Alarm Bells

August/17/2009 18:08PM
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As the housing crisis was bubbling to the surface, I had a conversation with a young man who was a risk manager for a bank that went down in the mess. He spelled it all out for me. What was coming, when it was coming, and who would go first. I learned one thing from that experience, you aren’t going to get any alarms from conventional sources. The media is off duty. They are still on honeymoon with the new president. The responsible parties in Washington are the same ones that kept the housing crisis under wraps until it blew. Can you say Barney Frank, Chris Dodd, Charles Schumer, or Dick Durbin?

So,now I dig harder to anticipate problems to protect my future. There are a couple of areas that scare me right now. There was an obscure article in the WSJ that a top guy at Ginnie Mae was resigning. Remember, all the rats left the ship early at Freddie and Frannie. It was the parade of rats that started to get people’s attention. Remember the Enron evacuation? Skilling ran quickly.

Well, if you research Ginnie Mae you will find they are adding to debt. They added a record $43 billion in mortgage-backed securities in June. The president, Joe Murin announced they expect to top $1 trillion by the end of next year. Double the amount in 2007.

Where does Ginnie get it’s business? From the FHA. The FHA now insures $560 billion in mortgages, quadruple the amount in 2006. So, as the FHA takes on more risk, Ginnie Mae gets the job.

Certainly after the previous mortgage mess where sub primes were given to people without jobs, the FHA is not taking risks, right? Wrong. They back low down payment loans to buyers with poor credit and have little if any oversight. Whoa, isn’t this just the same old sub prime mortgage mess all over again?

According to the Inspector General the default rate is now 7%. That’s double the private sector default rate. The reserve fund for the FHA is now 3%, putting leverage to 33 to1, which is what Bear Stearns had.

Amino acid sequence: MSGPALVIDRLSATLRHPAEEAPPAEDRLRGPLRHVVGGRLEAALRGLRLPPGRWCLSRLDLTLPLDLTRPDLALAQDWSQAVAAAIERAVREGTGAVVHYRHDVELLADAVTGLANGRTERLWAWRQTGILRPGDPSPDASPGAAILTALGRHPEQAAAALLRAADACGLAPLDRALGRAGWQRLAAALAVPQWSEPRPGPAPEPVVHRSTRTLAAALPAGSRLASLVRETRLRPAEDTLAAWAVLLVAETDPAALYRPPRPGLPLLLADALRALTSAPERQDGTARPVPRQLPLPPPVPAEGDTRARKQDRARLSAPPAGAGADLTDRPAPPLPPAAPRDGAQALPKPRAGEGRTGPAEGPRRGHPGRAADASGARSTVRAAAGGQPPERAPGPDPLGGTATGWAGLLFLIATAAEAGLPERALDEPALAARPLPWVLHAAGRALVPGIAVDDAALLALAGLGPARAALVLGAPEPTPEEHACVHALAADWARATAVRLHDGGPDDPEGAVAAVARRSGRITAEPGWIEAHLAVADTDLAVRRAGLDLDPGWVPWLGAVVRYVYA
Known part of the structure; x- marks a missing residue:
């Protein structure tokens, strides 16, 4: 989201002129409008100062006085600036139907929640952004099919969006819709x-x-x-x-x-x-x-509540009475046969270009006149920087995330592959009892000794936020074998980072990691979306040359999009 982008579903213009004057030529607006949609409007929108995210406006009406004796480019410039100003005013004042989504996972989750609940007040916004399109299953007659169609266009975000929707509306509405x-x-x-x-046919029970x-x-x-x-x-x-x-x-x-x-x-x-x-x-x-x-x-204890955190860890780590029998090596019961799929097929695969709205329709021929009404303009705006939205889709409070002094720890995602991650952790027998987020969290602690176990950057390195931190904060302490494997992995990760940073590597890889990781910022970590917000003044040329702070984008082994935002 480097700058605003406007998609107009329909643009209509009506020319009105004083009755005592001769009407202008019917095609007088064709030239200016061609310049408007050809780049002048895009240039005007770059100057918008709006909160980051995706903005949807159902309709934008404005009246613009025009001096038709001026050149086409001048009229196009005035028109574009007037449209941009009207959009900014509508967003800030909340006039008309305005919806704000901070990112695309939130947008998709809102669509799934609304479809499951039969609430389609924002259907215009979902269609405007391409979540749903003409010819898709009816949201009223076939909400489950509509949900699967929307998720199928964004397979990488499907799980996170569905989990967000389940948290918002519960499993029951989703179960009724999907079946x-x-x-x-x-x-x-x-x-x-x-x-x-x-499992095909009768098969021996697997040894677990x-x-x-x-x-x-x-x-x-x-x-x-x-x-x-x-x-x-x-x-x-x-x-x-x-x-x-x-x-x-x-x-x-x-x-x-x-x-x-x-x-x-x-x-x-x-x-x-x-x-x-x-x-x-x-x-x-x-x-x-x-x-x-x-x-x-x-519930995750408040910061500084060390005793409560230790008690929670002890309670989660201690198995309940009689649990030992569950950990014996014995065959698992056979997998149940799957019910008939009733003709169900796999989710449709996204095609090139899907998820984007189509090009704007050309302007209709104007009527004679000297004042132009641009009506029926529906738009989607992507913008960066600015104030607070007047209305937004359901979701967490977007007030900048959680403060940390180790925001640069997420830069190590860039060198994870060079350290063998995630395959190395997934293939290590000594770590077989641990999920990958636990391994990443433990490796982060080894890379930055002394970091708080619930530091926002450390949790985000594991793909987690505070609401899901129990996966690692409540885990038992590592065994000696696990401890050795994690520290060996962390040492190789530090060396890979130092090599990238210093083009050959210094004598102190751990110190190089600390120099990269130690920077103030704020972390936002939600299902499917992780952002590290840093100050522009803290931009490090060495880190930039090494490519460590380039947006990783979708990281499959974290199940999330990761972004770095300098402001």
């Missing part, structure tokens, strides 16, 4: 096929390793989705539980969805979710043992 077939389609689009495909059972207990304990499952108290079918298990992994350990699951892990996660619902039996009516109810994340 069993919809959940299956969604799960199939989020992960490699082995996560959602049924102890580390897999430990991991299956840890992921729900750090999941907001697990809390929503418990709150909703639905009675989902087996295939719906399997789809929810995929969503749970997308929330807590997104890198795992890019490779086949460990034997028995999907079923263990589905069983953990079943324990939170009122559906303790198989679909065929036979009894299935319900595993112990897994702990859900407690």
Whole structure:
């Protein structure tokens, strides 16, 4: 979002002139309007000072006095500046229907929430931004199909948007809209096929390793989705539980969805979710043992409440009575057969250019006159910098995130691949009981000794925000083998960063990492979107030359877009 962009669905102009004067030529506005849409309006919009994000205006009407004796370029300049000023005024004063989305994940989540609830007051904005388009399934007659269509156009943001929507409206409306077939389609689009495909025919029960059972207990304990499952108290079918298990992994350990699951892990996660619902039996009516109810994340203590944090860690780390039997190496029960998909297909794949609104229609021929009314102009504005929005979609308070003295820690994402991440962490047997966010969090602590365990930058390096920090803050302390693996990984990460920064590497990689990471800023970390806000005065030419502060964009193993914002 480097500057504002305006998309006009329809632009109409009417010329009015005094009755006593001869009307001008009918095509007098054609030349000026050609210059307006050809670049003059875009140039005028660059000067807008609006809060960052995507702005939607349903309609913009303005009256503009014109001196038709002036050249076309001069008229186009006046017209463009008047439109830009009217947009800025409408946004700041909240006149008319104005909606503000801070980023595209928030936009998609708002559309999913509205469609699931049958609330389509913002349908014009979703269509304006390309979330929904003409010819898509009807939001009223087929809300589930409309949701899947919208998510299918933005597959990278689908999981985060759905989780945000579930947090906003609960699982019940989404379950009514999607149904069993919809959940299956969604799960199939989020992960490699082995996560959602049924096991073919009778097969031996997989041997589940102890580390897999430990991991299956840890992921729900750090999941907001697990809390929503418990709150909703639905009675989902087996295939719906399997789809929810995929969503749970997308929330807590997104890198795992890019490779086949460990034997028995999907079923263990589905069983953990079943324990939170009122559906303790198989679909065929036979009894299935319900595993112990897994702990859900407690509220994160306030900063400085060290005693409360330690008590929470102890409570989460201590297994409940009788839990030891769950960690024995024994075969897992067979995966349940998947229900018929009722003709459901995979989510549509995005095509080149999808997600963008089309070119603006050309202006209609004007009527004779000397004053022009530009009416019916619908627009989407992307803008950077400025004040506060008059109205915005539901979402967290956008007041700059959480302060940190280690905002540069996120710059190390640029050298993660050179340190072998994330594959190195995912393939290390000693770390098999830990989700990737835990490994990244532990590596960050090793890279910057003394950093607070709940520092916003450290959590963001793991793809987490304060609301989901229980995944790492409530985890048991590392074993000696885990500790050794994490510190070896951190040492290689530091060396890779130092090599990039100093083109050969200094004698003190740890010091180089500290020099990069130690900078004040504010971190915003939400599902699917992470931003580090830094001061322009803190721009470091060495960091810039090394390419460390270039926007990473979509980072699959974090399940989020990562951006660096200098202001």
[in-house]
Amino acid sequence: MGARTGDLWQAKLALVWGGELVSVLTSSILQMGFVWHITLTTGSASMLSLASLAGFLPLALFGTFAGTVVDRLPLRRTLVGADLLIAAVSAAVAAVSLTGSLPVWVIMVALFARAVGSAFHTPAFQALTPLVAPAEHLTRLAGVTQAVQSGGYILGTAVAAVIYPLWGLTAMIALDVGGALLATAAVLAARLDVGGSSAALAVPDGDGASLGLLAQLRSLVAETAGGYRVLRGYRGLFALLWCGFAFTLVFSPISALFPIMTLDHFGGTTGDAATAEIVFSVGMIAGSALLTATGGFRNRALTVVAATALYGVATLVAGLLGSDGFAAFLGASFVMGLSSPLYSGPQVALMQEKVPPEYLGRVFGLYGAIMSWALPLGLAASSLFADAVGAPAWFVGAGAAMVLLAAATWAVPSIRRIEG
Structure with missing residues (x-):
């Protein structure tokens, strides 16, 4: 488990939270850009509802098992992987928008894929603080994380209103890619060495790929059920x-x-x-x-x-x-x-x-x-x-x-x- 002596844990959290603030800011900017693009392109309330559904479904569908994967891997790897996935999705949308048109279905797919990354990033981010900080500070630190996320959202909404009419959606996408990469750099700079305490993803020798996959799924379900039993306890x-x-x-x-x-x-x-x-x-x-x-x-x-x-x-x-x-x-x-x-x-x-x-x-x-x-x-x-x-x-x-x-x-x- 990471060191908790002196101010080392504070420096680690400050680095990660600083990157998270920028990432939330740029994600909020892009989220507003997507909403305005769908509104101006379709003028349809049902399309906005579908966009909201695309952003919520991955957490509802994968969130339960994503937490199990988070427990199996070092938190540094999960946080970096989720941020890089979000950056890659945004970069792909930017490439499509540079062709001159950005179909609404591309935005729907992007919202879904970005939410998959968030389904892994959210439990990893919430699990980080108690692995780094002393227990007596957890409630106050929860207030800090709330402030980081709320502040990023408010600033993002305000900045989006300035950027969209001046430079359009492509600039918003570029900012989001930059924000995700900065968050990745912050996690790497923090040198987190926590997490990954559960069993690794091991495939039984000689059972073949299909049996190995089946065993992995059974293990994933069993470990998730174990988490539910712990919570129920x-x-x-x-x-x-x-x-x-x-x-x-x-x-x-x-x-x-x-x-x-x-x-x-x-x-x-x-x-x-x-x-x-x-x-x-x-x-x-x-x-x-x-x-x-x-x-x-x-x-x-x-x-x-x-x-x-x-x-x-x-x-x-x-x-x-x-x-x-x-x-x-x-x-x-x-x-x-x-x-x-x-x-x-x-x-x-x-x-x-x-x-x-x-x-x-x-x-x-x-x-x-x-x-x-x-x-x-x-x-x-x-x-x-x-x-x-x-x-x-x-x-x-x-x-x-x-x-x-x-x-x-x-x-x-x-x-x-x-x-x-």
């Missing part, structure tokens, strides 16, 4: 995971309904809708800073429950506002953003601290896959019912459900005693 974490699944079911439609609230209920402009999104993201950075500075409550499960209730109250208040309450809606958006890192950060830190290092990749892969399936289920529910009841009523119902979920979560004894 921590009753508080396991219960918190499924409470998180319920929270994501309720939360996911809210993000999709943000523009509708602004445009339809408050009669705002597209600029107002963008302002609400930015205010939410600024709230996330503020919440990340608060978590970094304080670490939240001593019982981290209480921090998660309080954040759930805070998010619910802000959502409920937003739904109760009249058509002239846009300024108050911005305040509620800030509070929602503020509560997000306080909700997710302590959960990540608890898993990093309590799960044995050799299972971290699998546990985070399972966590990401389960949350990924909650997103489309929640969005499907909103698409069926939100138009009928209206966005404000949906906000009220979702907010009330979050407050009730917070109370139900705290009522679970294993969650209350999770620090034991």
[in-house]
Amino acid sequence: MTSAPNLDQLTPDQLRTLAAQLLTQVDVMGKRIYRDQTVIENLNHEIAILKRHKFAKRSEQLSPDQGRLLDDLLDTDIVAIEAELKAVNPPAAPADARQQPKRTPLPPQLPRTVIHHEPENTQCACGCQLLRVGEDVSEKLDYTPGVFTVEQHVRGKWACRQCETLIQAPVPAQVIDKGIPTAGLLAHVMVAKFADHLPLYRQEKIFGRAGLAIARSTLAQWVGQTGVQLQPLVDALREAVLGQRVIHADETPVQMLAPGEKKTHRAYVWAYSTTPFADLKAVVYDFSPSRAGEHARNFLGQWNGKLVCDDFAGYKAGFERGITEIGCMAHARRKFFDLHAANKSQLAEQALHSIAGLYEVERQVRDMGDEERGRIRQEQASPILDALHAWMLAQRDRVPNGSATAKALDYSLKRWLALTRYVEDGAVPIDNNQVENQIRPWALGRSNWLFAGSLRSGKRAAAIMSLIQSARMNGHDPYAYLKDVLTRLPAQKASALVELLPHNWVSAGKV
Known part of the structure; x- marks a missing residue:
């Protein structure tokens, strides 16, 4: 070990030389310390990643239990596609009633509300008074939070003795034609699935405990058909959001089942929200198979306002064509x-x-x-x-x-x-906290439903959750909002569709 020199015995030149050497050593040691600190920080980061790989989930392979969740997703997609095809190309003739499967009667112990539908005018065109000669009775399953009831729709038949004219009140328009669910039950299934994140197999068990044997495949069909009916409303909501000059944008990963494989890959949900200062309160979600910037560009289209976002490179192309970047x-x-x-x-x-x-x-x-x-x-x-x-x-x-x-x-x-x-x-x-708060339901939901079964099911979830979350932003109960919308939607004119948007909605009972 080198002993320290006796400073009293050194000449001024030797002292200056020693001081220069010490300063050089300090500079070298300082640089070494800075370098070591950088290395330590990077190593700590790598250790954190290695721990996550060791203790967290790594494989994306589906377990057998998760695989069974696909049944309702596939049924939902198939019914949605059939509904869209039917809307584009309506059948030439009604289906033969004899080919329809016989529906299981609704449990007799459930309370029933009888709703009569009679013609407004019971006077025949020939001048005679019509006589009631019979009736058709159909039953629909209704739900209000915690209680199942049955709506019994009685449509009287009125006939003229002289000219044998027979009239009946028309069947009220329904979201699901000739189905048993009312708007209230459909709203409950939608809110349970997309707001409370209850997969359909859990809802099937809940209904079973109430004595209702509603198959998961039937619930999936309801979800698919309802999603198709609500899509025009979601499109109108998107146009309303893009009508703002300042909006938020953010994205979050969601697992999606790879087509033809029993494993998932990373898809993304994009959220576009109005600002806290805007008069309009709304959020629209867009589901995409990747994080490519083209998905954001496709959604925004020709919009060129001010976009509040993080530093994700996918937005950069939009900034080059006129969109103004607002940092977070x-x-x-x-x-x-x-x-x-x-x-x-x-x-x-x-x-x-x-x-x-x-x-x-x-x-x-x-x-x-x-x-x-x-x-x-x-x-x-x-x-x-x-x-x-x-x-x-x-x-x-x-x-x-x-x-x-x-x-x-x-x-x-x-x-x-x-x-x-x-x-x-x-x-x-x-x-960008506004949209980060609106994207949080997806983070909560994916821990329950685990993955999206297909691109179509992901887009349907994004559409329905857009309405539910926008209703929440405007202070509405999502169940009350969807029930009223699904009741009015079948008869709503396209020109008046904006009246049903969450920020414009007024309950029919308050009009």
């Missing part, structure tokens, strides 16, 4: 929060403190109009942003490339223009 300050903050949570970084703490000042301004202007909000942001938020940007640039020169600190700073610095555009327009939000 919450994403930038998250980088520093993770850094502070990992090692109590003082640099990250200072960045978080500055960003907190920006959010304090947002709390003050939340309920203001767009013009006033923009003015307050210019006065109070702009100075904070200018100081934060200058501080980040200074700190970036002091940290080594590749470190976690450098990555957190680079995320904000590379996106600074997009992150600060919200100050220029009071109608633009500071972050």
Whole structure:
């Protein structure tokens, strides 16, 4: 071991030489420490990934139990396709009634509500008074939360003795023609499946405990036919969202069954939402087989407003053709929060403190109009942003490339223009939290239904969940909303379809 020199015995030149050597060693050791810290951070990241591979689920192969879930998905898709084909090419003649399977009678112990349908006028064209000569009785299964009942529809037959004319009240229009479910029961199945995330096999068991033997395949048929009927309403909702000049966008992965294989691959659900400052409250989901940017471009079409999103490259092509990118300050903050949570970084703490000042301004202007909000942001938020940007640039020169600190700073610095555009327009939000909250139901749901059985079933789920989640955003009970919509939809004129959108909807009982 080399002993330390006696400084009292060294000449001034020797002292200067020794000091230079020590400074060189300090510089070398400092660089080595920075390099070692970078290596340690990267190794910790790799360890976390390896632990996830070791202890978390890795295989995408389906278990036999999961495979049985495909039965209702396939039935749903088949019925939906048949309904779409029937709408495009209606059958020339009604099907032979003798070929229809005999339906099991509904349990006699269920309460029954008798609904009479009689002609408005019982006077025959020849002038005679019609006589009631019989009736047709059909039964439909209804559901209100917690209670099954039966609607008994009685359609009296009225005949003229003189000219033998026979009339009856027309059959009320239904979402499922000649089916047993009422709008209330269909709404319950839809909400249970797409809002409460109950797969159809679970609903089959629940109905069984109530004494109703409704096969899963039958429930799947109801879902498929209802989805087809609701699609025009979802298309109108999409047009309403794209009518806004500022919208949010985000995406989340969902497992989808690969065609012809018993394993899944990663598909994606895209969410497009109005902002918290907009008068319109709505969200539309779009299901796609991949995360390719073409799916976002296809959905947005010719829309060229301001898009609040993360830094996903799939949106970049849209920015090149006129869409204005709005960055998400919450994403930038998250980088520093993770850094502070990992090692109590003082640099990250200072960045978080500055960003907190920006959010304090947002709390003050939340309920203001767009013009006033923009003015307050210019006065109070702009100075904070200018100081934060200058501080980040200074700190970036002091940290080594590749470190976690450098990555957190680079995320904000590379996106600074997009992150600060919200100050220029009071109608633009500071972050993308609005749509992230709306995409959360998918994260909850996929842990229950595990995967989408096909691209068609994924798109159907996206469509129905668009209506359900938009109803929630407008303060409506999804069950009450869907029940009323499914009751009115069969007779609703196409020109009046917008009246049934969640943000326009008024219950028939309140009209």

Surely, the people in Washington with oversight responsibility are watching this. They are. They just approved keeping the max on mortgages at $729,750. The down payment is still 3.5%. Plus, the buyer can finance closing costs and use the homeowner tax credit to apply to costs.

What does this mean? If the housing and job markets don’t pick up soon, we taxpayers could be on the hook for another $50-60 billion in mortgage defaults from the FHA and Ginnie Mae. Plus, the post office needs $7 billion to get through the year. And, the FDIC says there are still 300 banks on the watch list that could go down this year. They will need more money too.

Hotel owners are walking away from their hotels in record numbers, leaving the creditors holding the bag. Distressed loans now cover 1,000 properties worth $16.8 billion. The delinquency rate is running at 4.75% but expected to go to 10-15% by year end. Why don’t we see more of the hotels closing? When the owner walks away, the lender finds an operating company to run it under a lease. This gives the lender some cash flow until it can be resold or foreclosed. These numbers don’t include casinos with hotels involved, which would add $8.6 billion in distressed loans to the total.

No doubt our government will step up and use our money to fix all these problems when they get so bad they can’t keep them under wraps. Then they will fix blame and have congressional hearings so they can be on TV and show you how they can grill a government employee.

It is inexcusable to let Ginnie Mae get in trouble on the heels of what just happened to Freddie and Fannie. We can’t let them off the hook on this one if it blows.

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